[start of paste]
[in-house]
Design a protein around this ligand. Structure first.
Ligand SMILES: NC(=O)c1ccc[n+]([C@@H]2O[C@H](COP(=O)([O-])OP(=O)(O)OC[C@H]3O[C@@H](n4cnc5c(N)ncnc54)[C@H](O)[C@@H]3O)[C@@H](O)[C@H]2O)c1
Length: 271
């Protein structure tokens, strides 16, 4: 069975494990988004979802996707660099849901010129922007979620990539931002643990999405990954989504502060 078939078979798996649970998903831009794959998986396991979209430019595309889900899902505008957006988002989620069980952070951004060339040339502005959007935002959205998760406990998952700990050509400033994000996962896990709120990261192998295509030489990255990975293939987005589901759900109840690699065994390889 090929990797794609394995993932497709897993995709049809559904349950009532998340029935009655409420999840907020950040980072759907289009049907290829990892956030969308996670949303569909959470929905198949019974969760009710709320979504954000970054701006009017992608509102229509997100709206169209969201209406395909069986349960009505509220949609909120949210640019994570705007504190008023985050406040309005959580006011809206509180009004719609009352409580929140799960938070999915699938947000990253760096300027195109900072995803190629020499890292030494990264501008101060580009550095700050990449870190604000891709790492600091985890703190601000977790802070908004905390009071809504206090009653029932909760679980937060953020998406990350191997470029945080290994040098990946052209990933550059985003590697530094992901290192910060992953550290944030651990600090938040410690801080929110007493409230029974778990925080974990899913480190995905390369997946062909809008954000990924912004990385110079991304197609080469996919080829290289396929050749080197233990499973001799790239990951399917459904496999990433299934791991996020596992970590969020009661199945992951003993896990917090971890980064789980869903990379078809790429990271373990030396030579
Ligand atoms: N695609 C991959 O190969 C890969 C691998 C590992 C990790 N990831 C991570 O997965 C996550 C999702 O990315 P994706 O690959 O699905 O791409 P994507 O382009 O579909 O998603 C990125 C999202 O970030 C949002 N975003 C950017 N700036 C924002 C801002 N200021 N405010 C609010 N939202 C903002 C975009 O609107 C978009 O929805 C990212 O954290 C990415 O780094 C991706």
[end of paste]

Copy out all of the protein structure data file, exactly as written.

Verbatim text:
[in-house]
Design a protein around this ligand. Structure first.
Ligand SMILES: NC(=O)c1ccc[n+]([C@@H]2O[C@H](COP(=O)([O-])OP(=O)(O)OC[C@H]3O[C@@H](n4cnc5c(N)ncnc54)[C@H](O)[C@@H]3O)[C@@H](O)[C@H]2O)c1
Length: 271
């Protein structure tokens, strides 16, 4: 069975494990988004979802996707660099849901010129922007979620990539931002643990999405990954989504502060 078939078979798996649970998903831009794959998986396991979209430019595309889900899902505008957006988002989620069980952070951004060339040339502005959007935002959205998760406990998952700990050509400033994000996962896990709120990261192998295509030489990255990975293939987005589901759900109840690699065994390889 090929990797794609394995993932497709897993995709049809559904349950009532998340029935009655409420999840907020950040980072759907289009049907290829990892956030969308996670949303569909959470929905198949019974969760009710709320979504954000970054701006009017992608509102229509997100709206169209969201209406395909069986349960009505509220949609909120949210640019994570705007504190008023985050406040309005959580006011809206509180009004719609009352409580929140799960938070999915699938947000990253760096300027195109900072995803190629020499890292030494990264501008101060580009550095700050990449870190604000891709790492600091985890703190601000977790802070908004905390009071809504206090009653029932909760679980937060953020998406990350191997470029945080290994040098990946052209990933550059985003590697530094992901290192910060992953550290944030651990600090938040410690801080929110007493409230029974778990925080974990899913480190995905390369997946062909809008954000990924912004990385110079991304197609080469996919080829290289396929050749080197233990499973001799790239990951399917459904496999990433299934791991996020596992970590969020009661199945992951003993896990917090971890980064789980869903990379078809790429990271373990030396030579
Ligand atoms: N695609 C991959 O190969 C890969 C691998 C590992 C990790 N990831 C991570 O997965 C996550 C999702 O990315 P994706 O690959 O699905 O791409 P994507 O382009 O579909 O998603 C990125 C999202 O970030 C949002 N975003 C950017 N700036 C924002 C801002 N200021 N405010 C609010 N939202 C903002 C975009 O609107 C978009 O929805 C990212 O954290 C990415 O780094 C991706």